"Here is the Church, Here is the Steeple", "Round and 'Round the Garden", "Five Little Monkeys". Again, consider using these with a different piece to come up with a longer, performable unit.

9) Children's books 
If you have a favorite children's book with a repeating theme or phrase. Try these for a start: 

  • Are You My Mother?
  • Click Clack Moo
  • The Pout-Pout Fish

you can work together to "compose" a melody for the refrain and sing it when you read the book. (Again, keep the pitch set small, and try to end in mi-re- do.)

10) Solfege scramble
Print out several sets of Nikki’s free, downloadable tonic sol-fa cards, and pull out all the “sol” and “mi” cards. Have students arrange the sol and mi cards on the floor in whatever order they choose, then sing their melody. Consider adding text to it. Once they’re solid, you can add in new pitches, one at a time (eventually, students will catch on that their songs sound really great when they end on “do”!).

Other (super important) thoughts: Remember that the goal is not to teach. Whatever concept you’re trying to convey will be better retained if students discover it themselves. (This is true of older students as well.) Do your best to ask questions that get them thinking and analyzing so that they can start to make their own informed musical choices. Consider incorporating movement as much as possible. Additionally, do your best to make everything open-ended and “layerable” so that young students have the freedom to improvise, play, and create.

So much of this seems very basic to a professional musician, but, sadly, kids are often not taught elemental music and are not empowered to creatively explore. Our role in helping students learn how to explore and enjoy music is HUGELY important to their overall artistic development. What an honor and privilege to guide these young artists in their musical journeys!

Below are some resources to help you feel confident as you work with young musicians. Please note that the aforementioned ideas barely scratch the surface of resources available to music educators, and I cannot speak highly enough of the Orff Levels courses. If you choose to attend a levels course or even just a one-day workshop, you will walk away a richer musician and pedagogue for it! Free to email me if you have questions or want to brainstorm!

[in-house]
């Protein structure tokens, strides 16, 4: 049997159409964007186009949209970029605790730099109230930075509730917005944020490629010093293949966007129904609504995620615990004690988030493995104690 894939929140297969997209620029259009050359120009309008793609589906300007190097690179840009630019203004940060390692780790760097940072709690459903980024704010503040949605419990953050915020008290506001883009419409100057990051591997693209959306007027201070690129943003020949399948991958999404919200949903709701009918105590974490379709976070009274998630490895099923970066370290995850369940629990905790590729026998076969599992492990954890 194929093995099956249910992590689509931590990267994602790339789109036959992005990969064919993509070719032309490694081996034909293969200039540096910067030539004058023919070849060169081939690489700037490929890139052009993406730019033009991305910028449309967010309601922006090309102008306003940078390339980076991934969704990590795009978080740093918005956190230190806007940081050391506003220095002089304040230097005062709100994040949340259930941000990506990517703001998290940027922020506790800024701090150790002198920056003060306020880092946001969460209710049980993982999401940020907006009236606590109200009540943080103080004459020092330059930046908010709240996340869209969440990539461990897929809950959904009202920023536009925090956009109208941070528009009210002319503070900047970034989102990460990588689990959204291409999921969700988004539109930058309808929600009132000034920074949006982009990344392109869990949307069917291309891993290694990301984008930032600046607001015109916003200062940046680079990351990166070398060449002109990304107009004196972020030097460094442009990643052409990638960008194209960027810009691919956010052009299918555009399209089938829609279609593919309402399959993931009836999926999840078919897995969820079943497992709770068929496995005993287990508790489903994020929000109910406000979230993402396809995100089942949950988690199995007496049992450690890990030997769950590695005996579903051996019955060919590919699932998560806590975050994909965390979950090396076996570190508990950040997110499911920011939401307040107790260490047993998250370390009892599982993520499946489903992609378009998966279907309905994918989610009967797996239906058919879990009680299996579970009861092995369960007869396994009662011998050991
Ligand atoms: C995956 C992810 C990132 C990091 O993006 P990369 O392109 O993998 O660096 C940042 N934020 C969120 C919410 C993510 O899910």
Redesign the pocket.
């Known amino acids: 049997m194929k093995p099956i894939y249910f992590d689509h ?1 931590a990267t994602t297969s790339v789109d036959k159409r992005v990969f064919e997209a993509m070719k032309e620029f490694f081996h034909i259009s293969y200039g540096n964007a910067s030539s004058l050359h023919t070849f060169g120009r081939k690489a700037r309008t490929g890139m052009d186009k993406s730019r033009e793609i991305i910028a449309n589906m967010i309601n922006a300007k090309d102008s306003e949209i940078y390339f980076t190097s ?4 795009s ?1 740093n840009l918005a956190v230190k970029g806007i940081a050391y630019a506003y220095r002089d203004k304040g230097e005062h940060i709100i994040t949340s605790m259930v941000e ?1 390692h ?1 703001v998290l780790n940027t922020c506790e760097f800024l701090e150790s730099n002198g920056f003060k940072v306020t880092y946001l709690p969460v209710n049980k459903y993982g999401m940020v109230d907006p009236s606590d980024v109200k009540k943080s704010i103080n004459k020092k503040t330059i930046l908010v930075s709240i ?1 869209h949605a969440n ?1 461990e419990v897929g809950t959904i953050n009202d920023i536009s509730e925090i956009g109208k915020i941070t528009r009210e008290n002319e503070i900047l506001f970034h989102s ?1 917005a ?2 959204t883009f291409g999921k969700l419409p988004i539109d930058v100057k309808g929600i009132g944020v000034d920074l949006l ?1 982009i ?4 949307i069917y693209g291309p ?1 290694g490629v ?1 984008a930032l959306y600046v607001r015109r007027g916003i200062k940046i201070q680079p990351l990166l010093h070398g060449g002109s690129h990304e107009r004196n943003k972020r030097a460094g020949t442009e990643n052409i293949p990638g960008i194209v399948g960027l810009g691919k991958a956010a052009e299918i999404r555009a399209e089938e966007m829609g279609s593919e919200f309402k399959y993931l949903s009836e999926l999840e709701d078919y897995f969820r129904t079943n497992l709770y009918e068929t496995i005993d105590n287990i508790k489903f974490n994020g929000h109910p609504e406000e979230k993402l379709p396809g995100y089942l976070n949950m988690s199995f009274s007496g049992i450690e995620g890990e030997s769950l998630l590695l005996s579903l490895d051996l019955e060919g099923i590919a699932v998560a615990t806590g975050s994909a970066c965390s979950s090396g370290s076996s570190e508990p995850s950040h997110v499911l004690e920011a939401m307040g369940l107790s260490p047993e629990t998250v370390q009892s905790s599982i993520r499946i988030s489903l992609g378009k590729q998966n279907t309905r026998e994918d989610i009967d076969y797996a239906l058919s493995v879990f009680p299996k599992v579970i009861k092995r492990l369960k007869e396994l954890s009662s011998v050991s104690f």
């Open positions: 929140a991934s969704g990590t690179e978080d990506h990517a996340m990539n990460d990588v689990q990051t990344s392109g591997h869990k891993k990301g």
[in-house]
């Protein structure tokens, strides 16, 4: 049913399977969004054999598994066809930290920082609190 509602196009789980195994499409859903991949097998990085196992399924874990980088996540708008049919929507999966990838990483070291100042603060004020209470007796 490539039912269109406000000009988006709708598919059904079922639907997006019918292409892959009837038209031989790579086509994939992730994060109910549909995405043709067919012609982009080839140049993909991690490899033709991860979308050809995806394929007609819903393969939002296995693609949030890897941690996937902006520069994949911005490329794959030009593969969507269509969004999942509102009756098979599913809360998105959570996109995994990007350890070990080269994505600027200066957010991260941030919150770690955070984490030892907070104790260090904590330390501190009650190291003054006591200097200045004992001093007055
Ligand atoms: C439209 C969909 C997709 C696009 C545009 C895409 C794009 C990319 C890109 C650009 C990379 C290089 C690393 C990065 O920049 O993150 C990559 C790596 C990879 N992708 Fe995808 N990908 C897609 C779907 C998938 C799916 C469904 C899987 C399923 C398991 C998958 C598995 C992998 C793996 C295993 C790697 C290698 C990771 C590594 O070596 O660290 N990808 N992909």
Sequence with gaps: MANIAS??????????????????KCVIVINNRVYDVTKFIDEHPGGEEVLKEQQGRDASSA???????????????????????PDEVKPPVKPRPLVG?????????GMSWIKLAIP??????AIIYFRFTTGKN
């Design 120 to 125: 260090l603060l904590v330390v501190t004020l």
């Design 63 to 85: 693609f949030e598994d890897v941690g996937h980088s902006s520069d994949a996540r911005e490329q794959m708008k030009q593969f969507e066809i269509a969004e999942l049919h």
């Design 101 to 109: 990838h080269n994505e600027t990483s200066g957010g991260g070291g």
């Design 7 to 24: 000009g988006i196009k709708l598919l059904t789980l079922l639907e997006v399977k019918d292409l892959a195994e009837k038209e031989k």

Happy singing! ~Christin

 

Source Material 

1) Searchable folk song database, Holy Names University: http://kodaly.hnu.edu/collection.cfm
2) Folk songs w/lesson plans and activities:

A. Beth’s Notes Plus: http://www.bethsnotesplus.com
B. Make Moments Matter: http://www.makemomentsmatter.org/content

3) Any anthology of nursery rhymes

4) Gregory Blankenbehler’s “Singing Lessons for Little Singers”—a great selection of simple, fun songs that lend themselves well to being played with. (I will be happy to share lesson plans based off of this book—just email me!)
https://www.amazon.com/Singing-Lessons- Little-Singers- Sight-Singing/dp/1450530605

Music Ed/Orff Resources
1) The American Orff Schulwerk Association: http://aosa.org/about/what-is- orff-schulwerk/
2) AOSA Levels courses and chapter workshops: http://aosa.org/chapters/
3) Jane Frazee’s “Discovering Orff: A Curriculum for Music Teachers”—Contains an overview of the Orff philosophy and a breakdown of goals and activities by age group. https://www.amazon.com/Discovering-Orff- Curriculum-Teachers-Schott/dp/0930448995


About our guest contributor:

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Hi! I’m Christin, and I love helping musicians of all ages discover their voices. I have a Bachelor’s and a Master’s in Vocal Performance and a Level 2 Orff Certification. I’ve been making music my whole life, have formally studied voice for over 15 years, and have been teaching for over a decade.

Where I teach:
St. George's Orff Ensemble
Sand Dollar Music

Where I’ve been published:
Dr. Robert Sataloff's Professional Voice: The Science and Art of Clinical Care, 4th Ed.

Who I hang out with:
National Association of Teachers of Singing
American Orff Schulwerk Association

Want to chat? Find me at christin@sanddollarmusic.com!